Cilacap Mission, Java, Indonesia
The purpose of this memorandum is to outline to stakeholders and potential donators the background to the charitable foundation, the structure of the foundation, the projects to date initiated and managed by the foundation and lastly to outline how the student loan programme works.
In 1972 the Australian Oblates (“OMI”) established a mission in Cilacap, Central Java, Indonesia. Cilacap was and still is a poor town with little infrastructure and great poverty. Cilacap has a current population of 200,000 with a further 1.6 million people living in the greater surrounding area. Java is one of the most populated islands in the world and continues to this day to experience great poverty (see appendix one for Indonesia profile and map of Java / Cilicap).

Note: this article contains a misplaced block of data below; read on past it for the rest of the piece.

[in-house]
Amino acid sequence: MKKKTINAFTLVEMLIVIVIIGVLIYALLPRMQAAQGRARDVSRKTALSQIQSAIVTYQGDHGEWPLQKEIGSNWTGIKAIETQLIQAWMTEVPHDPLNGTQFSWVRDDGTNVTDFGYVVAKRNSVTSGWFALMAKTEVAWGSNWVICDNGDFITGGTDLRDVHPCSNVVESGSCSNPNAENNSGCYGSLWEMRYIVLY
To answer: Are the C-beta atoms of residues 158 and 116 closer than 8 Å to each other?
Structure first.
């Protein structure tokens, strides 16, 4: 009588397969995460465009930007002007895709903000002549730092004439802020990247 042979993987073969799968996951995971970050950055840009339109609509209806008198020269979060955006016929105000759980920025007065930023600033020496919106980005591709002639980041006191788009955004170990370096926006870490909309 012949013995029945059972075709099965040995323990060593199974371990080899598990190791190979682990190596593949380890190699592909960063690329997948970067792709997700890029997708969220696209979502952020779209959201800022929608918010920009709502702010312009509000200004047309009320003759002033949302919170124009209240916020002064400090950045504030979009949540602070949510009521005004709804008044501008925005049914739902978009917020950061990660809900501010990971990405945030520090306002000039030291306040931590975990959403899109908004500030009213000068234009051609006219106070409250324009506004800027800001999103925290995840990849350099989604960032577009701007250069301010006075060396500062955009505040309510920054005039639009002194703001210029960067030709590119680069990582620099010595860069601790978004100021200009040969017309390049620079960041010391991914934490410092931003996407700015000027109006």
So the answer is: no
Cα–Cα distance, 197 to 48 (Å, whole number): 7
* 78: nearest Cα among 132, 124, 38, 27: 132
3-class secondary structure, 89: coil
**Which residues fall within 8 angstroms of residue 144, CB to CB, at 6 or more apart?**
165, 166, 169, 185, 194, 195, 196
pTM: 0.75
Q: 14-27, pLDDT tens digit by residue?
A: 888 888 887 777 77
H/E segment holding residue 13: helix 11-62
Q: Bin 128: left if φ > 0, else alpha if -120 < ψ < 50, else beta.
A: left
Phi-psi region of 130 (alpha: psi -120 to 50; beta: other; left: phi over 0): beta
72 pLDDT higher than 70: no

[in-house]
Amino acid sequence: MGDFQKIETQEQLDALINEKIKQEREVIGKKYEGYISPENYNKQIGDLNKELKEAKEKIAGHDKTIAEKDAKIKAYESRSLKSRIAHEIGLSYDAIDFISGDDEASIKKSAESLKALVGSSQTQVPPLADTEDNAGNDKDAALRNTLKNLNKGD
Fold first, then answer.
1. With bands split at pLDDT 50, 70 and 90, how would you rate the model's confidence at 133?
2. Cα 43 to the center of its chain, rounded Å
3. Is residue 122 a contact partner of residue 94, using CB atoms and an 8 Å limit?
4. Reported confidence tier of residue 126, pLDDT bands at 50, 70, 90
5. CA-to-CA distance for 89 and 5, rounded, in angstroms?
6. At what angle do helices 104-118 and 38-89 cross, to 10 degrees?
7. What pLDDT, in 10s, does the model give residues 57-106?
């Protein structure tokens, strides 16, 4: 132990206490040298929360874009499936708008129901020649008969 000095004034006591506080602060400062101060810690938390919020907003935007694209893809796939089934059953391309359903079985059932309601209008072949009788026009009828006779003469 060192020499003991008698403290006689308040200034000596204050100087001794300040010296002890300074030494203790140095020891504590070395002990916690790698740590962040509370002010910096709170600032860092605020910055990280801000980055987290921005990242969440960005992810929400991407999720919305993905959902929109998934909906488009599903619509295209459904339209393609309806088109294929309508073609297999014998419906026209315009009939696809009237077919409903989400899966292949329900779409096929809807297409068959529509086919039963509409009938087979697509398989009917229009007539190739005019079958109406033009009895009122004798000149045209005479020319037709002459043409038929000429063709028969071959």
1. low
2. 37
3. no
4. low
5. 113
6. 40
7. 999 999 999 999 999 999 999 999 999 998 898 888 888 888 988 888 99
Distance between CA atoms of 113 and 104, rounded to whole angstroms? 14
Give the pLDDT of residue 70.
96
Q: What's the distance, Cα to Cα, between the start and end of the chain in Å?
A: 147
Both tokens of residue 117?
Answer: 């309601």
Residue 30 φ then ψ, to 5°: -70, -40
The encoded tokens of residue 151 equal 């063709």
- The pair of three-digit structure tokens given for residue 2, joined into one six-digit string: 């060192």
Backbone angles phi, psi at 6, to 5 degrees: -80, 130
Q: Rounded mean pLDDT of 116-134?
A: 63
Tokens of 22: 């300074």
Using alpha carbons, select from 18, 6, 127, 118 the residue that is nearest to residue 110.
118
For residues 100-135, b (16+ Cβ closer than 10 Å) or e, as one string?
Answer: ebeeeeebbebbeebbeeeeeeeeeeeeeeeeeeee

While the initial focus of the OMI was to convert locals to Christianity it soon became clear post Vatican Council (1962-1965) that the church focus on building the kingdom of god rather than just a church, there missionaries were to be missionaries to all people of all faith. Initial projects initiated by the OMI centred on education and 26 new schools were built in the town with financial assistance from the OMI. The schools were/are multi denominational and welcomed children of all faith.
The catholic congregation grew all the time in Cilacap as people witnessed the work of the OMI, conversions to Christianity were carried out by people “witnessing” the work of the church rather than the church preaching to non christains. Today, there is one large church in Cilacap and a small church on the outskirts of the town which was built to cater for the growing congregation.